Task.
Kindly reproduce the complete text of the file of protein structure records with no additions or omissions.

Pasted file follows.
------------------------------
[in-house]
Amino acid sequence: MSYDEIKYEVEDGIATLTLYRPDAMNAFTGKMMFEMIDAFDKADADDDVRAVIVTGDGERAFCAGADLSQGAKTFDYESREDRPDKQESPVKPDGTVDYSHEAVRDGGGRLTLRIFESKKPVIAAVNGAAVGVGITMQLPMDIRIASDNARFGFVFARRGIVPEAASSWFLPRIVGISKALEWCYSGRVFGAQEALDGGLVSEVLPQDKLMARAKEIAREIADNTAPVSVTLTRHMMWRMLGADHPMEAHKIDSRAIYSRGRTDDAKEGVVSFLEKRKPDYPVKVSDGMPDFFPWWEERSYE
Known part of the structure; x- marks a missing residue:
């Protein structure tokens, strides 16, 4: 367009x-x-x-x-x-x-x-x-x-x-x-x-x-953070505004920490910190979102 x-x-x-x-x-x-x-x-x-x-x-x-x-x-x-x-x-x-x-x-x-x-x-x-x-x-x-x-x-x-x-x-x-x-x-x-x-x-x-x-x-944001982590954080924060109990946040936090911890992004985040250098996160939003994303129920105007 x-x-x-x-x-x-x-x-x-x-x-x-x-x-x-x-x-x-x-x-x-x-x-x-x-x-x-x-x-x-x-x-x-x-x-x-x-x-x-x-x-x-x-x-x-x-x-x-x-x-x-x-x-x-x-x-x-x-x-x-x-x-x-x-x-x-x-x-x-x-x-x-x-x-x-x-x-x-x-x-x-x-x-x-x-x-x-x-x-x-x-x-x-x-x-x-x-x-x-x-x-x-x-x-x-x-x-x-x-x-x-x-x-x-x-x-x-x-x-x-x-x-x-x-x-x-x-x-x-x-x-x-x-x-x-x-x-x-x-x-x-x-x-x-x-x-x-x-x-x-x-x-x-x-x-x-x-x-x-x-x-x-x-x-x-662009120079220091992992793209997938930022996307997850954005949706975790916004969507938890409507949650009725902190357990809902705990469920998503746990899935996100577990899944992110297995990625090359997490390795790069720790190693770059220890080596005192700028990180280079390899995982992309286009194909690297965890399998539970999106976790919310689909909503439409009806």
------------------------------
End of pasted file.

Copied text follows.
[in-house]
Amino acid sequence: MSYDEIKYEVEDGIATLTLYRPDAMNAFTGKMMFEMIDAFDKADADDDVRAVIVTGDGERAFCAGADLSQGAKTFDYESREDRPDKQESPVKPDGTVDYSHEAVRDGGGRLTLRIFESKKPVIAAVNGAAVGVGITMQLPMDIRIASDNARFGFVFARRGIVPEAASSWFLPRIVGISKALEWCYSGRVFGAQEALDGGLVSEVLPQDKLMARAKEIAREIADNTAPVSVTLTRHMMWRMLGADHPMEAHKIDSRAIYSRGRTDDAKEGVVSFLEKRKPDYPVKVSDGMPDFFPWWEERSYE
Known part of the structure; x- marks a missing residue:
């Protein structure tokens, strides 16, 4: 367009x-x-x-x-x-x-x-x-x-x-x-x-x-953070505004920490910190979102 x-x-x-x-x-x-x-x-x-x-x-x-x-x-x-x-x-x-x-x-x-x-x-x-x-x-x-x-x-x-x-x-x-x-x-x-x-x-x-x-x-944001982590954080924060109990946040936090911890992004985040250098996160939003994303129920105007 x-x-x-x-x-x-x-x-x-x-x-x-x-x-x-x-x-x-x-x-x-x-x-x-x-x-x-x-x-x-x-x-x-x-x-x-x-x-x-x-x-x-x-x-x-x-x-x-x-x-x-x-x-x-x-x-x-x-x-x-x-x-x-x-x-x-x-x-x-x-x-x-x-x-x-x-x-x-x-x-x-x-x-x-x-x-x-x-x-x-x-x-x-x-x-x-x-x-x-x-x-x-x-x-x-x-x-x-x-x-x-x-x-x-x-x-x-x-x-x-x-x-x-x-x-x-x-x-x-x-x-x-x-x-x-x-x-x-x-x-x-x-x-x-x-x-x-x-x-x-x-x-x-x-x-x-x-x-x-x-x-x-x-x-x-662009120079220091992992793209997938930022996307997850954005949706975790916004969507938890409507949650009725902190357990809902705990469920998503746990899935996100577990899944992110297995990625090359997490390795790069720790190693770059220890080596005192700028990180280079390899995982992309286009194909690297965890399998539970999106976790919310689909909503439409009806």